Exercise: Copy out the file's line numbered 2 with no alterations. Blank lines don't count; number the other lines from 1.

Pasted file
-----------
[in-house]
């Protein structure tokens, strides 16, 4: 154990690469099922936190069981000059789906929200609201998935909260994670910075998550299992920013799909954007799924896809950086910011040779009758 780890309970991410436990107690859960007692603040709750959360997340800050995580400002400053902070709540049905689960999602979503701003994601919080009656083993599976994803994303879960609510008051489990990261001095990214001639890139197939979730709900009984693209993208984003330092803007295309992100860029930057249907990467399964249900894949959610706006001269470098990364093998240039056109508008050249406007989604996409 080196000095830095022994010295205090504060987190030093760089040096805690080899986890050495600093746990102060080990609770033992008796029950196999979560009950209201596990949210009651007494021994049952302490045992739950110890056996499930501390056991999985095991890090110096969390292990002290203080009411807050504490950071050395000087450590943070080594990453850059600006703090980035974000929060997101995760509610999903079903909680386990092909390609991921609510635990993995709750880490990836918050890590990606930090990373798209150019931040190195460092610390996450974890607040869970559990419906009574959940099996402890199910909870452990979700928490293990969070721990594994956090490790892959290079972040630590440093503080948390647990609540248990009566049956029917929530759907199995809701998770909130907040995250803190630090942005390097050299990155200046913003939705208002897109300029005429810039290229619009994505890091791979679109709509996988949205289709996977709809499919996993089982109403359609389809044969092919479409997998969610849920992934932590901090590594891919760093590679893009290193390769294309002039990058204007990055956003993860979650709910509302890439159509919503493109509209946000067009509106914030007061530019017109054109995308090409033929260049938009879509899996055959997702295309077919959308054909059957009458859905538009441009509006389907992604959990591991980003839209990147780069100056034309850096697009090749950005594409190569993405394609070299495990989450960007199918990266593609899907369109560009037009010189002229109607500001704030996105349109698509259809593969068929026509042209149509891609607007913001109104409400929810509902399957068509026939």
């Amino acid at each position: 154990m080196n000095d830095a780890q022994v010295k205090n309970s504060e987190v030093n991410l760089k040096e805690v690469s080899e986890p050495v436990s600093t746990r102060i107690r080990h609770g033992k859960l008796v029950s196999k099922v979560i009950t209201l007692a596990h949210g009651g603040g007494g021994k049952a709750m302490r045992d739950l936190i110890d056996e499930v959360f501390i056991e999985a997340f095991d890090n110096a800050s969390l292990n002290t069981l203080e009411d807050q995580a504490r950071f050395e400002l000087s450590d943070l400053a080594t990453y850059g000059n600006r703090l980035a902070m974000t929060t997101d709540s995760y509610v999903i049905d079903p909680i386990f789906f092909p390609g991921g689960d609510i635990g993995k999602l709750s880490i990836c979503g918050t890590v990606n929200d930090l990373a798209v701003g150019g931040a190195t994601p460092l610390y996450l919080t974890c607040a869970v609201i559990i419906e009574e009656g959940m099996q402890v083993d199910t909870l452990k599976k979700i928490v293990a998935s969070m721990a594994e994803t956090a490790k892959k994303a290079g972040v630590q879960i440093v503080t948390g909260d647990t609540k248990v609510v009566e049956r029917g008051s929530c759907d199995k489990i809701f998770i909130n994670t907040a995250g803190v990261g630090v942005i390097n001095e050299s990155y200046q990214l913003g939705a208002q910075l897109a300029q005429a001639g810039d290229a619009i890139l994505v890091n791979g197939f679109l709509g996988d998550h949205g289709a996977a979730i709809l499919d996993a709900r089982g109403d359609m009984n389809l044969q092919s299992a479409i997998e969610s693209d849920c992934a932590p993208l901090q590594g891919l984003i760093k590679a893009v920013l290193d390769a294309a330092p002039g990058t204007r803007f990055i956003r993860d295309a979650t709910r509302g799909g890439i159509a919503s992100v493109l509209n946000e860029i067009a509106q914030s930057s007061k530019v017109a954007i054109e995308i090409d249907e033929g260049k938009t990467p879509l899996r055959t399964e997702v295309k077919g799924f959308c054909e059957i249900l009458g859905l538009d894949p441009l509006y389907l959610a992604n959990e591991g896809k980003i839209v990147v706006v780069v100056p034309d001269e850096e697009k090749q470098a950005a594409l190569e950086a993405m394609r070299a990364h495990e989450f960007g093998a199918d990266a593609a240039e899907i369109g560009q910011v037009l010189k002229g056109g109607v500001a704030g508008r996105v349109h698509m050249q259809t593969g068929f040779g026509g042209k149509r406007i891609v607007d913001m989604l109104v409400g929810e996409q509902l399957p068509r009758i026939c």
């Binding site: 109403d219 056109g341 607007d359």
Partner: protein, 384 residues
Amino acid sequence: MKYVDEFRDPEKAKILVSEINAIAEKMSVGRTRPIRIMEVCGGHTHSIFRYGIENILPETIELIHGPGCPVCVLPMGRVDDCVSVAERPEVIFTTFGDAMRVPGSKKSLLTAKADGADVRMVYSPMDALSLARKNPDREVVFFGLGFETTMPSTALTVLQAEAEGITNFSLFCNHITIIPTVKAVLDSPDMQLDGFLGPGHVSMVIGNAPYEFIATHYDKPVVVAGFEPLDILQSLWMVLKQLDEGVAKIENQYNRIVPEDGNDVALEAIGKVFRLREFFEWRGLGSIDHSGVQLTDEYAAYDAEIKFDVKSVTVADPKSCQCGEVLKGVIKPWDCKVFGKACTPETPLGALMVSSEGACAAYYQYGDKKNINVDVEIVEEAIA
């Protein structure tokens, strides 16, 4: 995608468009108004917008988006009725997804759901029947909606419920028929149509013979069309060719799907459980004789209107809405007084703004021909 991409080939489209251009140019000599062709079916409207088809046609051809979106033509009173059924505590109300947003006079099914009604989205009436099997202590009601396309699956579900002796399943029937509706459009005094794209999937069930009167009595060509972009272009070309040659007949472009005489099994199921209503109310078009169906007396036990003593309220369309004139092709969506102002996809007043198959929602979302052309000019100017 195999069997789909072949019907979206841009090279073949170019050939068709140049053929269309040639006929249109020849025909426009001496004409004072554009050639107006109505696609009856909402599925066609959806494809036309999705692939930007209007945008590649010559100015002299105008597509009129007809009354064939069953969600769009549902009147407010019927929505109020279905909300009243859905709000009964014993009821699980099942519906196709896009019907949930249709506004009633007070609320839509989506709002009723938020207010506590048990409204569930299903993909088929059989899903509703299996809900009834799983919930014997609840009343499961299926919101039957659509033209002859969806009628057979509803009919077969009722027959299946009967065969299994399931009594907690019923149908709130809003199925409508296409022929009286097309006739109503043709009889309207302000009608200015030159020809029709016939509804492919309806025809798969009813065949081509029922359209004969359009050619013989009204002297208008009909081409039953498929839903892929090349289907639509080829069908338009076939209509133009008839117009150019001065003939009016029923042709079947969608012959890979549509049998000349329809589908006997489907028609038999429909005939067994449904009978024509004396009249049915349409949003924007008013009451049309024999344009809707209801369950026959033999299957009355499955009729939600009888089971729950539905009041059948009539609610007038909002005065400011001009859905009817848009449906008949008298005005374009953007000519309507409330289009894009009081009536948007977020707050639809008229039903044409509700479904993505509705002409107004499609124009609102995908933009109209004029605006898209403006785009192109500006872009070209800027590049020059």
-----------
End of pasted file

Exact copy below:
């Protein structure tokens, strides 16, 4: 154990690469099922936190069981000059789906929200609201998935909260994670910075998550299992920013799909954007799924896809950086910011040779009758 780890309970991410436990107690859960007692603040709750959360997340800050995580400002400053902070709540049905689960999602979503701003994601919080009656083993599976994803994303879960609510008051489990990261001095990214001639890139197939979730709900009984693209993208984003330092803007295309992100860029930057249907990467399964249900894949959610706006001269470098990364093998240039056109508008050249406007989604996409 080196000095830095022994010295205090504060987190030093760089040096805690080899986890050495600093746990102060080990609770033992008796029950196999979560009950209201596990949210009651007494021994049952302490045992739950110890056996499930501390056991999985095991890090110096969390292990002290203080009411807050504490950071050395000087450590943070080594990453850059600006703090980035974000929060997101995760509610999903079903909680386990092909390609991921609510635990993995709750880490990836918050890590990606930090990373798209150019931040190195460092610390996450974890607040869970559990419906009574959940099996402890199910909870452990979700928490293990969070721990594994956090490790892959290079972040630590440093503080948390647990609540248990009566049956029917929530759907199995809701998770909130907040995250803190630090942005390097050299990155200046913003939705208002897109300029005429810039290229619009994505890091791979679109709509996988949205289709996977709809499919996993089982109403359609389809044969092919479409997998969610849920992934932590901090590594891919760093590679893009290193390769294309002039990058204007990055956003993860979650709910509302890439159509919503493109509209946000067009509106914030007061530019017109054109995308090409033929260049938009879509899996055959997702295309077919959308054909059957009458859905538009441009509006389907992604959990591991980003839209990147780069100056034309850096697009090749950005594409190569993405394609070299495990989450960007199918990266593609899907369109560009037009010189002229109607500001704030996105349109698509259809593969068929026509042209149509891609607007913001109104409400929810509902399957068509026939």